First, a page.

Isaiah 52:7-10 / Psalm 98 / Hebrews 1:1-4 (5-12) / John 1:1-14
It’s Christmas Day. I love Christmas – and I love singing at Christmas! Christmas is a time for singing: everyone and everything seems to be singing. Have you noticed when you are in a really good mood, or at a birthday, or you’ve just heard a wonderful piece of news, you want to sing, or ring bells, or jump up and down – you can’t help it – it’s just joy! Particularly at Christmas, the Scriptures are full of singing. Our Psalm today: “Sing to the Lord a new song for he has done marvelous things – lift up your voice, rejoice and sing.” And not just people, but the whole of creation: “Shout for joy all you lands, lift up your voice, rejoice and sing … let the sea make a noise, let the rivers clap their hands … let all the trees of the forest sing for joy.” (Psalm 96) At Christmas, it is as if the whole of creation is singing with joy!
Memories are a powerful force in the human psyche. They have the ability to trap and imprison, but they have also the ability to liberate and free. They have the power to make one weep in despair or grief and to laugh with the delight of a child. They have the power to shape and mold a life and in hindsight to help make sense of all that was and is, and even is to be. As we all know, it doesn’t take much to trigger a memory: a sound, a taste, a smell, an image, even just a word or phrase and suddenly we are back there as if it were happening this very instant.
I have one such memory that crops up in my mind and heart on a regular basis and it happens many days at Morning Prayer. Had I known it at the time, the event itself was to be a harbinger of things to come. As a memory it continues to delight and console, and even assure me.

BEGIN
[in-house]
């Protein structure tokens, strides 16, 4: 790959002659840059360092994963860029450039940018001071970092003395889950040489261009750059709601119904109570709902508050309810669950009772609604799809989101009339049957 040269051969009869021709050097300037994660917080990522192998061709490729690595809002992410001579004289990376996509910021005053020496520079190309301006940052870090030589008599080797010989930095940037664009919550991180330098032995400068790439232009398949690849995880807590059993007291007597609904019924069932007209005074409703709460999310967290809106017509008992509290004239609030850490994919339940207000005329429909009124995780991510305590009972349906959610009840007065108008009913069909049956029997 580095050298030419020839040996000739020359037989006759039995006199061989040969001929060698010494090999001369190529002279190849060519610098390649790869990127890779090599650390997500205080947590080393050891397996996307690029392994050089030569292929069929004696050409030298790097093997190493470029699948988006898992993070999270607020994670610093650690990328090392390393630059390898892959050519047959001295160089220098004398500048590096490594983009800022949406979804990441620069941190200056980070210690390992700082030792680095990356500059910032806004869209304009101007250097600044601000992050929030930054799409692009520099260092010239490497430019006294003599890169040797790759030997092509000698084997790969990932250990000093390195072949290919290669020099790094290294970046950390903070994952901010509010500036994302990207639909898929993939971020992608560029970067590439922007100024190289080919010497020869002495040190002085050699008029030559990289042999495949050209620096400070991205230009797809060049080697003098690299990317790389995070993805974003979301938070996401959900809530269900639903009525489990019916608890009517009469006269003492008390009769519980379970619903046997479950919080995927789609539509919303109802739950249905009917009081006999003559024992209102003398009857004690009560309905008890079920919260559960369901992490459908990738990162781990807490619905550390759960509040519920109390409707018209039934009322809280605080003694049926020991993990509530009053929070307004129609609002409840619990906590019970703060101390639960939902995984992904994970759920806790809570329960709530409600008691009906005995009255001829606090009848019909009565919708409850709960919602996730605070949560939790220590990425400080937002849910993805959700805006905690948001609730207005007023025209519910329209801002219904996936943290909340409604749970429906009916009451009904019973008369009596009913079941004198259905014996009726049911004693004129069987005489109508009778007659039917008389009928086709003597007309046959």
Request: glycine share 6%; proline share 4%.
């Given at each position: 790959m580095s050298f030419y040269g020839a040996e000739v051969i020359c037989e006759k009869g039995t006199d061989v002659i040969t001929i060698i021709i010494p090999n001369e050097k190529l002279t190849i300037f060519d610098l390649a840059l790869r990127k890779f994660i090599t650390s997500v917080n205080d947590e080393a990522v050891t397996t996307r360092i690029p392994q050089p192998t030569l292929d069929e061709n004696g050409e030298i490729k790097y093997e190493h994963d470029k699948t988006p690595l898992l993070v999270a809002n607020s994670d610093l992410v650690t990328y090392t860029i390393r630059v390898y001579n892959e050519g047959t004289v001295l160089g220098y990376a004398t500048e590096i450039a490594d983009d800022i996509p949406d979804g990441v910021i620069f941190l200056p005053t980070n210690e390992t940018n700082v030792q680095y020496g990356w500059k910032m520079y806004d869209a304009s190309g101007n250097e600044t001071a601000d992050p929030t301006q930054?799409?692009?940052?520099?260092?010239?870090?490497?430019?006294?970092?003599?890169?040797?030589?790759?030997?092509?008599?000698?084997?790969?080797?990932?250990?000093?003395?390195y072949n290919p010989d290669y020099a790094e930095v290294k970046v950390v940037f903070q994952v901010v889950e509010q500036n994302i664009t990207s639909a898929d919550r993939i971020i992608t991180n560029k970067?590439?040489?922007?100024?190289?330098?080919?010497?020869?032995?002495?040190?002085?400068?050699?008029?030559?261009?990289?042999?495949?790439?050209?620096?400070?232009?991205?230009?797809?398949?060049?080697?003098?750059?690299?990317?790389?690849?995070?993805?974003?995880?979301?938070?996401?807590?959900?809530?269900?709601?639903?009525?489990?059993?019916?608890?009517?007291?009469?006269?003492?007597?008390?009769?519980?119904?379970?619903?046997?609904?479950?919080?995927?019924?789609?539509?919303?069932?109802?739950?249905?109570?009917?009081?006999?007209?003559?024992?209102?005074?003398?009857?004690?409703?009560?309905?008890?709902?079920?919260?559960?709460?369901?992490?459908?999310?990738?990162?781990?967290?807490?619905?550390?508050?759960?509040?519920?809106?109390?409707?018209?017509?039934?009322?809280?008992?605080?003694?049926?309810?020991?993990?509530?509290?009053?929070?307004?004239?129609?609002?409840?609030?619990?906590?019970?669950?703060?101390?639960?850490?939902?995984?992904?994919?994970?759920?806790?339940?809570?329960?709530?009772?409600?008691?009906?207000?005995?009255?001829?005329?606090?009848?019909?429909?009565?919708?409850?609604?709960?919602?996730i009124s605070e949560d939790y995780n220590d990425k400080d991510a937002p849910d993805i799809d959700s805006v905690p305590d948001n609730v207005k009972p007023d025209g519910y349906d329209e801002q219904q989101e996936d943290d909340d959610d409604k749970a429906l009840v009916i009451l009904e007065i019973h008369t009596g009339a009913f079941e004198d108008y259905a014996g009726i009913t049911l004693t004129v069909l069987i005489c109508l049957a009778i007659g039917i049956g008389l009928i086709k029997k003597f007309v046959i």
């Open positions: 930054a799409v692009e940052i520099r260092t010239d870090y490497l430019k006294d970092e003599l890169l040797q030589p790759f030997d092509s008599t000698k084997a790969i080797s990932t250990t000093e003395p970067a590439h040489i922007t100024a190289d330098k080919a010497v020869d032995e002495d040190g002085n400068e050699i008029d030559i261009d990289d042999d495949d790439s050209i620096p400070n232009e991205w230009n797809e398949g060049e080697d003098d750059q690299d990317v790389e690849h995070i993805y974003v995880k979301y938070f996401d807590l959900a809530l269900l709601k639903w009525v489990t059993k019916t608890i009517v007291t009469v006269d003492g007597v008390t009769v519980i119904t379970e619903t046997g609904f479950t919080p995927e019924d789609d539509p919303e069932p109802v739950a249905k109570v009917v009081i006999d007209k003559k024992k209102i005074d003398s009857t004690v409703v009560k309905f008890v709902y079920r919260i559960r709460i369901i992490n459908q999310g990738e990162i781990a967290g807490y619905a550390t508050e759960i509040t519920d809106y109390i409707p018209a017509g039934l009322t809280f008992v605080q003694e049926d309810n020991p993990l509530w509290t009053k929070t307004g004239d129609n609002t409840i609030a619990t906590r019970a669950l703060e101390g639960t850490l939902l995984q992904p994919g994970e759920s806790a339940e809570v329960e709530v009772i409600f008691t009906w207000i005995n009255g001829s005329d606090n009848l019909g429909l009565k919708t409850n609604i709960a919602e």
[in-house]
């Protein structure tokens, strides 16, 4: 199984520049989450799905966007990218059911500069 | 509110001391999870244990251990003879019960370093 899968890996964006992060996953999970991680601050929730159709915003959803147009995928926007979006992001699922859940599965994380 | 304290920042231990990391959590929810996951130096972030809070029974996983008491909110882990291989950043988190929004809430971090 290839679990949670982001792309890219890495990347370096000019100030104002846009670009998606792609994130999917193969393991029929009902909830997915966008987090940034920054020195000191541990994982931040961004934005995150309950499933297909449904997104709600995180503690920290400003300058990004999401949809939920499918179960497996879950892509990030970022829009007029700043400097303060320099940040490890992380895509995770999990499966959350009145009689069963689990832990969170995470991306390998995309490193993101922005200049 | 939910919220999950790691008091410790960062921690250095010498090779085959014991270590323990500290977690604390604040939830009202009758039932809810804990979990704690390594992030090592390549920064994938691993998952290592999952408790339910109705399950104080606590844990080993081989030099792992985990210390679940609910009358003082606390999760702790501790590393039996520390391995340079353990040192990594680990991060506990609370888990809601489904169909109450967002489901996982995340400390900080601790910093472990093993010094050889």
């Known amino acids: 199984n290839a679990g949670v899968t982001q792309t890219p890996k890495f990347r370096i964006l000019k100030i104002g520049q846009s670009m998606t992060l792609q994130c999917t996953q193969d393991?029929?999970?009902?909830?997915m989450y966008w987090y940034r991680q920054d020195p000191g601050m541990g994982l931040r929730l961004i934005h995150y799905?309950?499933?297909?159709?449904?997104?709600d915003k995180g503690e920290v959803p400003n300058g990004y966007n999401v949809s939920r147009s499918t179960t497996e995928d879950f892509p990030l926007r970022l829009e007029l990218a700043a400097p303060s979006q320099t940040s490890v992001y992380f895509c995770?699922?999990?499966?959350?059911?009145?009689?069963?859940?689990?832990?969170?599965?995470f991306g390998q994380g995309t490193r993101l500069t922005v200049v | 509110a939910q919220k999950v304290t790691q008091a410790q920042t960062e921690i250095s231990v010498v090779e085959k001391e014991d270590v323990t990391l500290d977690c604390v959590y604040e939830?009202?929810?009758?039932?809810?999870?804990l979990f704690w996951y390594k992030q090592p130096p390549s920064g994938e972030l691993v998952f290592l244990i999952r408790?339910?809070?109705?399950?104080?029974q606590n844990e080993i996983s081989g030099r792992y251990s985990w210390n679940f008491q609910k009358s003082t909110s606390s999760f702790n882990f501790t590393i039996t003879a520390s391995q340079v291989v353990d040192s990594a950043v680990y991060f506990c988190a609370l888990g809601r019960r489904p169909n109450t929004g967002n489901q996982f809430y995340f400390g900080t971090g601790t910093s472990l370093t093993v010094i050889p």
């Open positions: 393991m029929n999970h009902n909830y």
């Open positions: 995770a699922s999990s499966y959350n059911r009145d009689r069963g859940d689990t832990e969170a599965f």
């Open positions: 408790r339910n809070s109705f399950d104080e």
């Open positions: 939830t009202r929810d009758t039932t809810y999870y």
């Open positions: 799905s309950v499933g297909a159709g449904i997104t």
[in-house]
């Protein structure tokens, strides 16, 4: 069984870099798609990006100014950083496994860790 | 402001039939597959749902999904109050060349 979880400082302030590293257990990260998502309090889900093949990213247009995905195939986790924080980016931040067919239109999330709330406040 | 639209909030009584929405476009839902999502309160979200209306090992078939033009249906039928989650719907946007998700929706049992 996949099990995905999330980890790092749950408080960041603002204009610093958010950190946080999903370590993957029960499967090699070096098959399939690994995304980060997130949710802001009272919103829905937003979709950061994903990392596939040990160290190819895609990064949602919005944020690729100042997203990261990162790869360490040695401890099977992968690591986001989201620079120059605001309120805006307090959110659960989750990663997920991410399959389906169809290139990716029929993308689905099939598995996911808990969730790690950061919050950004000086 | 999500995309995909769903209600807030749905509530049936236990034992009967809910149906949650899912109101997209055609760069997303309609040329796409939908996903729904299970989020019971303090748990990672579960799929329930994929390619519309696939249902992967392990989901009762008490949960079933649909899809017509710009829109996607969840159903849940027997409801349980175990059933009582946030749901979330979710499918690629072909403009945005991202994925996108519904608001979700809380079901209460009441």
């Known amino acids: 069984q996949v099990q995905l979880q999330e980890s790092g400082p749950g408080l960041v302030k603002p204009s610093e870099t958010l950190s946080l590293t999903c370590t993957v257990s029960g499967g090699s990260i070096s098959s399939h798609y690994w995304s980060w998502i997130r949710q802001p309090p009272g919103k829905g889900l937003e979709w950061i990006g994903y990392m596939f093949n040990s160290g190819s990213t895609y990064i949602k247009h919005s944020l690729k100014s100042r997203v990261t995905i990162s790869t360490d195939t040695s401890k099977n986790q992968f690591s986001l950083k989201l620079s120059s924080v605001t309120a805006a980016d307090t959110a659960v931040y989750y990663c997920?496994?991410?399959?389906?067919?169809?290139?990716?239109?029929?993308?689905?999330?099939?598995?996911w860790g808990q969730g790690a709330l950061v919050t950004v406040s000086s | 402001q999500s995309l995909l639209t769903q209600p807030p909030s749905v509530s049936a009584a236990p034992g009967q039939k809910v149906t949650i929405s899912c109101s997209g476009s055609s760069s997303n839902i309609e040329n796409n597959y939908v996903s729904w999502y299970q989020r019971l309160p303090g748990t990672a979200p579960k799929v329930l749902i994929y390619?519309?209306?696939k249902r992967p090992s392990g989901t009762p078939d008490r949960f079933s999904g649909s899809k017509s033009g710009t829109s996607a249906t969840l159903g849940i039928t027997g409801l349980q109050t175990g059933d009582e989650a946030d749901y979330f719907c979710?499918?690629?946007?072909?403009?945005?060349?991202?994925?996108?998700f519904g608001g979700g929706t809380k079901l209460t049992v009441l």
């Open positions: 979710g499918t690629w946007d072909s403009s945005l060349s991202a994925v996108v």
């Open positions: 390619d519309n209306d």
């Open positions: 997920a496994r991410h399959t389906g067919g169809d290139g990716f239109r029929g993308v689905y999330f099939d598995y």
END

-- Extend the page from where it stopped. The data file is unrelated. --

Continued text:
Isaiah 61: 10-62: 3
Hebrews 1: 1-12
Several hundred years after the foundation of Christianity, while the new religion was still concentrated in the eastern Mediterranean but spreading rapidly over Europe, north Africa and the middle east, controversy broke out in the Church which caused serious dissension and could have destroyed any sense of unity.
If you have paid close attention you may have noticed that something is missing this morning, or perhaps I should say, someone is missing, and you would be right. We have all been waiting a long time for his arrival, and suddenly the day has come, and there is no sign of him.
At least there is no sign of him in the way we might expect. In a flash, the stable and manger have disappeared, and with them the donkey and cow and sheep. Everything has been swept clean and there is no sign of star or shepherds or angels or even of Mary and Joseph. Except for passing references in the hymns this morning, and the shrine at the back of the chapel, the baby is gone.
So here we find ourselves on Christmas morning and the very thing we have all come to see, a baby in a manger, is missing. Only the vague memory of his birth lingers like those baby pictures we have seen of our parents and grandparents. Like them, we know he must have been a baby at one time, but even on the day we celebrate his birth the memory of the baby is fleeting at best.